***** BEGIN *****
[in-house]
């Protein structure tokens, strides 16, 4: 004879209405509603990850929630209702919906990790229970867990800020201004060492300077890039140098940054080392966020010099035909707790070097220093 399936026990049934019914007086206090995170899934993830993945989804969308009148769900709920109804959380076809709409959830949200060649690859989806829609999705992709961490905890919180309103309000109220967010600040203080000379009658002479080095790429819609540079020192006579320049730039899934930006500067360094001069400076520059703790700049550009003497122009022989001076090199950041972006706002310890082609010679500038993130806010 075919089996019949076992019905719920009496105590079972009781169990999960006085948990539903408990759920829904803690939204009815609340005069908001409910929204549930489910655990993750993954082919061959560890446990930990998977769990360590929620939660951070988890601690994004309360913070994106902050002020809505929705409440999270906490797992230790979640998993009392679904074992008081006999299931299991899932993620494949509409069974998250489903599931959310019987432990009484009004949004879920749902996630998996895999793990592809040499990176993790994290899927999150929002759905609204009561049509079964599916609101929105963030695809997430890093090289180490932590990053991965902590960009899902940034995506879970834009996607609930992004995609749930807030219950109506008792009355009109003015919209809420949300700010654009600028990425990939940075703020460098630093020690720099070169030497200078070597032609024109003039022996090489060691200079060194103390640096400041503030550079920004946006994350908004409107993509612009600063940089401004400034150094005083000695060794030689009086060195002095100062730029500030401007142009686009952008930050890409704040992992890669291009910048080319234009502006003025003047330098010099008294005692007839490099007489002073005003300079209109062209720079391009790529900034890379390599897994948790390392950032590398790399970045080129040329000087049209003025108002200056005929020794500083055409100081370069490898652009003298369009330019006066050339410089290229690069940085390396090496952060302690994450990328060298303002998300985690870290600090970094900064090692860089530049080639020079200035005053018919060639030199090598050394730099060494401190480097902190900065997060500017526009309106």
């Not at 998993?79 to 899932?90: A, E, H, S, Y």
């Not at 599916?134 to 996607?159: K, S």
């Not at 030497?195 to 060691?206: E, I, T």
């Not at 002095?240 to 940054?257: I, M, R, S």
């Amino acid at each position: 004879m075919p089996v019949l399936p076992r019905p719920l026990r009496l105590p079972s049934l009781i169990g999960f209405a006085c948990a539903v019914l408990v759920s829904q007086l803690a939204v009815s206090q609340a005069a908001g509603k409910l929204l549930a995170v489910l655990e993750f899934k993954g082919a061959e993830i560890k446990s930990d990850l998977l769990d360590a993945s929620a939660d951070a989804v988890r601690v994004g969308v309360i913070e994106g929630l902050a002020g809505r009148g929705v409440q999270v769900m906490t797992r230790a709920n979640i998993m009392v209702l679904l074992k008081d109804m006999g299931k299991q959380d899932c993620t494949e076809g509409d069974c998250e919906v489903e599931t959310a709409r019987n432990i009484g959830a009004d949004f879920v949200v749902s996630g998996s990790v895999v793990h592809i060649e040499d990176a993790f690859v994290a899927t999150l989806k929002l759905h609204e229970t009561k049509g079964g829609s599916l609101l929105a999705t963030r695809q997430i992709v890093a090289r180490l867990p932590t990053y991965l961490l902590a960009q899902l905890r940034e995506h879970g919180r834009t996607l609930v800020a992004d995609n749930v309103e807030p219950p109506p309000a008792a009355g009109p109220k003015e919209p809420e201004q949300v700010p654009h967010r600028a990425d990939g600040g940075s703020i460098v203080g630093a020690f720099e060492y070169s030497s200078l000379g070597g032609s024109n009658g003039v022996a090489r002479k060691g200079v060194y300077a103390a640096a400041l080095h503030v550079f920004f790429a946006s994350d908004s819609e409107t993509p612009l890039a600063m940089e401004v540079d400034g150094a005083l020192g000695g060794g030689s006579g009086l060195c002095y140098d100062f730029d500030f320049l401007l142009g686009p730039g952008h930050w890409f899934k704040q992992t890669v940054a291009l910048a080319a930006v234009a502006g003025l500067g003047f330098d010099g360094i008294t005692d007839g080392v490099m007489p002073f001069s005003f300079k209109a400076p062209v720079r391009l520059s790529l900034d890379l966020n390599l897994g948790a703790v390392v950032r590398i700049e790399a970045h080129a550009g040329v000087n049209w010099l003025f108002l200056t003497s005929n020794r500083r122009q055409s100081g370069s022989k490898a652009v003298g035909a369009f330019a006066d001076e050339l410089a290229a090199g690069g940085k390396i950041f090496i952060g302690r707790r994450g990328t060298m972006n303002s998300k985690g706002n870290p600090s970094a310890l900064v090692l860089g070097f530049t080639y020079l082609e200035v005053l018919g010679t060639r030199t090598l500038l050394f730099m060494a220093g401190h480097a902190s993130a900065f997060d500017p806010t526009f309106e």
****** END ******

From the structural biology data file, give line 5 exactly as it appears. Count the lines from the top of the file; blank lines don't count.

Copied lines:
């Not at 030497?195 to 060691?206: E, I, T």